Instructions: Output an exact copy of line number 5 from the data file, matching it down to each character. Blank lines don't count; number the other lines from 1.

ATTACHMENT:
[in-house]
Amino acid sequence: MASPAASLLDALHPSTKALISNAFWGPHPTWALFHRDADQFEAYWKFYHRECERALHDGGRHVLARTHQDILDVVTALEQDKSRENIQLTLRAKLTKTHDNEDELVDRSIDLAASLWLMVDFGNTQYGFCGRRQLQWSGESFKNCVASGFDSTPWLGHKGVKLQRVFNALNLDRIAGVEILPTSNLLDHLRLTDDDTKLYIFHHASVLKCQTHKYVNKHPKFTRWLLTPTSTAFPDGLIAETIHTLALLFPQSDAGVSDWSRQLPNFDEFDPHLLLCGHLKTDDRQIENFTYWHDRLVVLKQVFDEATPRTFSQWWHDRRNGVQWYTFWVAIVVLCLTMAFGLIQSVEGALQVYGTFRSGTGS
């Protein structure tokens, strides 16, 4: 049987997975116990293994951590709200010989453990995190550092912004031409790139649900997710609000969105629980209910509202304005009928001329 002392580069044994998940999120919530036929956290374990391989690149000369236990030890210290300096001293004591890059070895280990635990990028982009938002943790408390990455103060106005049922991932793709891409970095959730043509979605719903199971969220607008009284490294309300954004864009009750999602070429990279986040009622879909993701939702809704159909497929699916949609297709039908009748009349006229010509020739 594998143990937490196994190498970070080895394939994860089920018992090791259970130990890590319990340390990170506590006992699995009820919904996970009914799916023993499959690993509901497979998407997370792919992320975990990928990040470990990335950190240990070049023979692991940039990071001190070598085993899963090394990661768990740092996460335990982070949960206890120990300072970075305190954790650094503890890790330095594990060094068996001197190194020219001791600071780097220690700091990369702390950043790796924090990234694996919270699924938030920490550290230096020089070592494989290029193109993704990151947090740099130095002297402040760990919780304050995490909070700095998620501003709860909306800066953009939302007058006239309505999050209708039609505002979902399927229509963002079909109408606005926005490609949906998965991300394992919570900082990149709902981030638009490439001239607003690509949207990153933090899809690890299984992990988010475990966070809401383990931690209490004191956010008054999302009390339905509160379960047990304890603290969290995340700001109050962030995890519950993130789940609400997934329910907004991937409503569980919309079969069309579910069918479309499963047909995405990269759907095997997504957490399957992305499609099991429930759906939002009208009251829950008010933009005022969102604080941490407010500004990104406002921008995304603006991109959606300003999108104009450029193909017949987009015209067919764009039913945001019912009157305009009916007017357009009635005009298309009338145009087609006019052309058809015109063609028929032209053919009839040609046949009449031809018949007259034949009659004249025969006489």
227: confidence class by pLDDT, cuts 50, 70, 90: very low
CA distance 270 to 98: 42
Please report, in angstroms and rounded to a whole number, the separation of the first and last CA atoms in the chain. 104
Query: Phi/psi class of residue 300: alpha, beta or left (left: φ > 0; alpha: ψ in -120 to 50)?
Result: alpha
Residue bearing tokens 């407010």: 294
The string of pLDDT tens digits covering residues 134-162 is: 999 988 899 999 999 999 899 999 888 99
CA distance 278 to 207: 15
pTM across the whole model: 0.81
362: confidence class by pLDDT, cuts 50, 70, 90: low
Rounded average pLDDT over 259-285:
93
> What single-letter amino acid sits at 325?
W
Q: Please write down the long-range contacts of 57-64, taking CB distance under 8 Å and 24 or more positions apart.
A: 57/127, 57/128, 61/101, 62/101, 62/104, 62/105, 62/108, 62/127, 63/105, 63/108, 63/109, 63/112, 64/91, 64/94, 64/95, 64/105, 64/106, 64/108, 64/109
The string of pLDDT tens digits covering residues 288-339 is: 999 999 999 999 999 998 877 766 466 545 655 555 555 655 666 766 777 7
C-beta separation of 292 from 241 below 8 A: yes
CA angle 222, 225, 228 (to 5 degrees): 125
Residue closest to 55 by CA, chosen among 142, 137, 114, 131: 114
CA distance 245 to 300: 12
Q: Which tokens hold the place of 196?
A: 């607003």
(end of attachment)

CA distance 270 to 98: 42